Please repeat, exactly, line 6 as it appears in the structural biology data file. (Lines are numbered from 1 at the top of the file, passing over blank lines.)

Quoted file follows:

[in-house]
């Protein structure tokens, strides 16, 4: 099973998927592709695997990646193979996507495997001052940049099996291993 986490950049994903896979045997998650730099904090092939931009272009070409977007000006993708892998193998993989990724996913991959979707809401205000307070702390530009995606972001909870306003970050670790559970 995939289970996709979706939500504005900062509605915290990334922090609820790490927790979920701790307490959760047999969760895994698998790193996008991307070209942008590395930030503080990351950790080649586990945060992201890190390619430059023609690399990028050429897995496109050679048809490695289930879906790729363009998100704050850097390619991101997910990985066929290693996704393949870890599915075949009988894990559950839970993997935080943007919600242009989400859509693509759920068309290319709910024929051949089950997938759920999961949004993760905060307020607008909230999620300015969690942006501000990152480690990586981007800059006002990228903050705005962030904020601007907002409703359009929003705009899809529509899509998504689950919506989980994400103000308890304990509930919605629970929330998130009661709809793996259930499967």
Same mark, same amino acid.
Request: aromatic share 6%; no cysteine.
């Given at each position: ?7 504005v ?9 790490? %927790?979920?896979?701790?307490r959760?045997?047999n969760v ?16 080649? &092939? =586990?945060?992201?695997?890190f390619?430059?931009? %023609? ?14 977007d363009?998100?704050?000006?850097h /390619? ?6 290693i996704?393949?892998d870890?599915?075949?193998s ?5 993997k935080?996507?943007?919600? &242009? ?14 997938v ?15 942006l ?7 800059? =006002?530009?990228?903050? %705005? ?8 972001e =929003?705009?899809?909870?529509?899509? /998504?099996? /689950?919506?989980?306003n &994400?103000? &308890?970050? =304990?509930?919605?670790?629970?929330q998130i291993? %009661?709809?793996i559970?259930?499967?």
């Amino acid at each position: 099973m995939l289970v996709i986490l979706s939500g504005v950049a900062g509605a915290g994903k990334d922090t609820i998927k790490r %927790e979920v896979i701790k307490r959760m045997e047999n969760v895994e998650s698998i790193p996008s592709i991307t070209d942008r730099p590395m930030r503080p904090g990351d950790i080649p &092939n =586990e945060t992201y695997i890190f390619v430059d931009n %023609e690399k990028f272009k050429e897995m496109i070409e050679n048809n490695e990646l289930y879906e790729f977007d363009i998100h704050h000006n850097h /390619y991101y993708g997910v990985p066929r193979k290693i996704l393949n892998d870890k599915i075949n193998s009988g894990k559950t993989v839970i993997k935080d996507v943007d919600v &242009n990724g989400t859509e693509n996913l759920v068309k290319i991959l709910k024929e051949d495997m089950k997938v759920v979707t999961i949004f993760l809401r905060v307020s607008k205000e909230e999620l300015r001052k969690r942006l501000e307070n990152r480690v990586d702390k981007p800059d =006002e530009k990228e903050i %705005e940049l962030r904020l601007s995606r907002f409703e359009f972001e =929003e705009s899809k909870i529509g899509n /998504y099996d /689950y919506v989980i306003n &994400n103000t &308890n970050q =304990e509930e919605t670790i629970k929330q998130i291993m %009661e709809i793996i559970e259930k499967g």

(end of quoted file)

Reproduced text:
């Amino acid at each position: 099973m995939l289970v996709i986490l979706s939500g504005v950049a900062g509605a915290g994903k990334d922090t609820i998927k790490r %927790e979920v896979i701790k307490r959760m045997e047999n969760v895994e998650s698998i790193p996008s592709i991307t070209d942008r730099p590395m930030r503080p904090g990351d950790i080649p &092939n =586990e945060t992201y695997i890190f390619v430059d931009n %023609e690399k990028f272009k050429e897995m496109i070409e050679n048809n490695e990646l289930y879906e790729f977007d363009i998100h704050h000006n850097h /390619y991101y993708g997910v990985p066929r193979k290693i996704l393949n892998d870890k599915i075949n193998s009988g894990k559950t993989v839970i993997k935080d996507v943007d919600v &242009n990724g989400t859509e693509n996913l759920v068309k290319i991959l709910k024929e051949d495997m089950k997938v759920v979707t999961i949004f993760l809401r905060v307020s607008k205000e909230e999620l300015r001052k969690r942006l501000e307070n990152r480690v990586d702390k981007p800059d =006002e530009k990228e903050i %705005e940049l962030r904020l601007s995606r907002f409703e359009f972001e =929003e705009s899809k909870i529509g899509n /998504y099996d /689950y919506v989980i306003n &994400n103000t &308890n970050q =304990e509930e919605t670790i629970k929330q998130i291993m %009661e709809i793996i559970e259930k499967g």